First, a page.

On the earnings call, Robbins highlighted the fact that Viptela now has over 800 customers. For Cisco, that's a very low number, but dropping it into Cisco's channel will help to quickly grow that number. Robbins also noted that the driver of sales of Viptela has been Cisco's "ability to provide higher capacity at a lower cost." Without a doubt, Viptela will cannibalize the ISR business. The recent integration between Viptela and IWAN will certainly help maintain the ISR base but there are many businesses--particularly companies with lots of small branch offices--that don't need a box like an ISR. This is a great example of Cisco doing what's best for its customer, rather than itself. Cisco can likely make some or all of that revenue back with services, security, cloud management, or other applications.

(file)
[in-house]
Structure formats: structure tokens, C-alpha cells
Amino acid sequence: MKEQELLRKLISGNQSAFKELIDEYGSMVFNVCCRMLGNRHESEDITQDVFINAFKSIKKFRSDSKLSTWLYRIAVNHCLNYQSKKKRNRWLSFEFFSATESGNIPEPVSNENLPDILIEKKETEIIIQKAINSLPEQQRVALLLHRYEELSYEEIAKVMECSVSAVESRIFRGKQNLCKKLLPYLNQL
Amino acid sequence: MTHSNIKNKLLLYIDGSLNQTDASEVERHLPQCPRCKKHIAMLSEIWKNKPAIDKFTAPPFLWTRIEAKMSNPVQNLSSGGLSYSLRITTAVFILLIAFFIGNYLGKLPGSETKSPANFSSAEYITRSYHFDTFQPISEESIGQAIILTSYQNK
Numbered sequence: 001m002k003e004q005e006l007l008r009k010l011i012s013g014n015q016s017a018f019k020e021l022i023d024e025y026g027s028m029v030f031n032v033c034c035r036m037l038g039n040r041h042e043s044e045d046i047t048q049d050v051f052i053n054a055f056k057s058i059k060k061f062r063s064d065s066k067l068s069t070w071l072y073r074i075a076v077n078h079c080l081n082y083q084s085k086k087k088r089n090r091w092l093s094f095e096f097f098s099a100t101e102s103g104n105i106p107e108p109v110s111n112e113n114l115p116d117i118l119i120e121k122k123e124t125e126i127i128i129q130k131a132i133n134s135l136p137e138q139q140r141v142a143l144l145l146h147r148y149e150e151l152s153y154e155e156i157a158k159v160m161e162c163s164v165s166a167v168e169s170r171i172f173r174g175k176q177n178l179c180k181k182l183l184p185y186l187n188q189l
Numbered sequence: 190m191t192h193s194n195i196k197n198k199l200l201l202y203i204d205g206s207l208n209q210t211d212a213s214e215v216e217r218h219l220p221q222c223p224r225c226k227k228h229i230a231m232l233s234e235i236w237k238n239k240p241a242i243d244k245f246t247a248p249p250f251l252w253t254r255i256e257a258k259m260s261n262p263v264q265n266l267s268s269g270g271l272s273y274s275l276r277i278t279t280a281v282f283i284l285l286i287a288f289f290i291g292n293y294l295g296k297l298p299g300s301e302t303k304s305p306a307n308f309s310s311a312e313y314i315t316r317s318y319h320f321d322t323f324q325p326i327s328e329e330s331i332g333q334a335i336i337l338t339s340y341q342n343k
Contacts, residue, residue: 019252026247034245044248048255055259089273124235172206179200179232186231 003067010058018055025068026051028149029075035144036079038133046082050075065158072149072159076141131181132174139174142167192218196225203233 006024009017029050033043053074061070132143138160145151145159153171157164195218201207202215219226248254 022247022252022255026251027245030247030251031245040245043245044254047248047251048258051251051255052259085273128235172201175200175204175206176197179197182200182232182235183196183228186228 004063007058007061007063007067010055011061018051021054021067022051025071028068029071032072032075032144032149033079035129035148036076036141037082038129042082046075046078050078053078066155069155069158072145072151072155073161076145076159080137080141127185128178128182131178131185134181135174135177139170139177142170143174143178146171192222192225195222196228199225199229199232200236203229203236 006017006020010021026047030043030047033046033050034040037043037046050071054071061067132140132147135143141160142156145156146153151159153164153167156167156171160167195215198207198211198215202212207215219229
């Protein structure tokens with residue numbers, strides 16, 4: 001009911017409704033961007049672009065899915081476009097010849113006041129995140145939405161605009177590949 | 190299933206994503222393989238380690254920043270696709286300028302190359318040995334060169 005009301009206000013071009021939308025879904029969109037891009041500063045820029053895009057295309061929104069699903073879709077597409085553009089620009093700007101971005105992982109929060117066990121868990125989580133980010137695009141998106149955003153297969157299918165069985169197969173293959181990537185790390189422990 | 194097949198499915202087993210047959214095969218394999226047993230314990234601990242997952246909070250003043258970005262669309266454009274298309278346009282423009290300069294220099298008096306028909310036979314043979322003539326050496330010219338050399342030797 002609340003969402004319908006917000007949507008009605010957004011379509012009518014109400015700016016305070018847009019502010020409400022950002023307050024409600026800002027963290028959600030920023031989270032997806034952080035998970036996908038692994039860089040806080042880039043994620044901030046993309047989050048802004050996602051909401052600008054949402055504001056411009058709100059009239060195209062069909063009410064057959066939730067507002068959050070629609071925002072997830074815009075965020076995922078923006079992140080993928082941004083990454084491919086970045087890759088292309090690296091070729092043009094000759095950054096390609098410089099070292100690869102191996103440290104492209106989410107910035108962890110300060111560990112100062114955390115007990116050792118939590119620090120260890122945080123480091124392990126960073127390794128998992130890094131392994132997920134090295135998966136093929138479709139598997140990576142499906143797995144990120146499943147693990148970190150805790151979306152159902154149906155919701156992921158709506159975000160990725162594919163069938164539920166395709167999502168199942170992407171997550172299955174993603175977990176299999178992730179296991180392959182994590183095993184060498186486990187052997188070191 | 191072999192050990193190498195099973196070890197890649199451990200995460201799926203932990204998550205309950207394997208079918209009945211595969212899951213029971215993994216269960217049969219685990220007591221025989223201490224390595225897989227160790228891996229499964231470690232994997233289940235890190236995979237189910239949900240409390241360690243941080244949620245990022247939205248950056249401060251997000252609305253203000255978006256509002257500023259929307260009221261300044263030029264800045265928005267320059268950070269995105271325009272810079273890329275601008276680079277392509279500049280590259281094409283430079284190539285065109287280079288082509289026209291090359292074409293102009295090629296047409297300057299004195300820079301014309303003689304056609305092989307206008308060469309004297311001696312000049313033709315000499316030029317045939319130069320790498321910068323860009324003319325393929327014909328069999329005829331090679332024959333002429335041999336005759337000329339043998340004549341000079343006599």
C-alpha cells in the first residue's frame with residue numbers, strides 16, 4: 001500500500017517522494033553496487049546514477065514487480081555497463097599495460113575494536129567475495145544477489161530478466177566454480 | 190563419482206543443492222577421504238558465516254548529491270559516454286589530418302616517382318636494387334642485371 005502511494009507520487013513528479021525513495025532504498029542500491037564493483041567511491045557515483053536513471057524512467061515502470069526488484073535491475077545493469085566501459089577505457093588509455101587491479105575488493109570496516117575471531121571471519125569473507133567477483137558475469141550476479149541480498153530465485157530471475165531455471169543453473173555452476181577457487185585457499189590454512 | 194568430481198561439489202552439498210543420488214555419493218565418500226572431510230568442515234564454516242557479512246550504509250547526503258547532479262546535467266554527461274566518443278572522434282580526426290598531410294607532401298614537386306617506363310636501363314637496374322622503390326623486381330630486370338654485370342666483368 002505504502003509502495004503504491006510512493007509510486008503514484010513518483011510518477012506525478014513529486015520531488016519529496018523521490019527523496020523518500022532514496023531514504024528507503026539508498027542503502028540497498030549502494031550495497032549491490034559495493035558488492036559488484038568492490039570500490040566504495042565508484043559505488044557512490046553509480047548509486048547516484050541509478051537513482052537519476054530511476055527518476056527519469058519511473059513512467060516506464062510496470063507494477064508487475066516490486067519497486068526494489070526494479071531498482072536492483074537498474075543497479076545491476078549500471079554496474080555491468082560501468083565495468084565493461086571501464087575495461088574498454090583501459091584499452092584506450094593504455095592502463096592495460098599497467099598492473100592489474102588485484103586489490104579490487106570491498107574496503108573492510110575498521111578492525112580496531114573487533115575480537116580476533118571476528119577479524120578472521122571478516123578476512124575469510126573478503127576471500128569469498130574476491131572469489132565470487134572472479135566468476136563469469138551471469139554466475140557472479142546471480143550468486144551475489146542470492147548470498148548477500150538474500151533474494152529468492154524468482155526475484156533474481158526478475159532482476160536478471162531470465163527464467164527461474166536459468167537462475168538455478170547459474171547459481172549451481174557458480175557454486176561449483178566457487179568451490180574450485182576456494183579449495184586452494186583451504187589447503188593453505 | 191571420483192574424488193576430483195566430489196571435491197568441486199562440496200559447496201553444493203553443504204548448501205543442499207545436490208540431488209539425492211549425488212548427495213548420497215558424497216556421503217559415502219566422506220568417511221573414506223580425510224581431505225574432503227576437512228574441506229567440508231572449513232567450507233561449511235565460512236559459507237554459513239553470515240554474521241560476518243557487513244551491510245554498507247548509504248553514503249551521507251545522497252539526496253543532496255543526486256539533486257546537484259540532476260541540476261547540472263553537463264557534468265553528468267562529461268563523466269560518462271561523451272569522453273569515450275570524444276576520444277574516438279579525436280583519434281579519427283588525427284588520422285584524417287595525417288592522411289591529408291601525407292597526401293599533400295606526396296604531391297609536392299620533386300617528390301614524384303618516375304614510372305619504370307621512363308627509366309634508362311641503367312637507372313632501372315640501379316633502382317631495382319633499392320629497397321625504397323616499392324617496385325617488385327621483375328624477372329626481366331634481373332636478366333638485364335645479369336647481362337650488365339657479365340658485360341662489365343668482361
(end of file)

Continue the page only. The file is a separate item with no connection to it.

This is a new era in IT, and Cisco has evolved accordingly. A decade ago, the company used to almost revel in the complexity of its products. If you weren't a black belt in Cisco CLI, you had no business working with the product. This ensures a kind of lock-in because the engineers couldn't be replaced. Businesses need to move faster, and the old days of doing things one command line at a time are over.

Today, Cisco listens to its customers better and is driving innovation around their wishes; and that's turned around the fortune of the company. Things certainly aren't perfect. The router business is still weak, DRAM pricing is fluctuating, and 5G is still on the horizon to deal with... but the core has been fixed. Barring some crazy macro event, I expect this three-quarter run Cisco has been on to continue into the foreseeable future.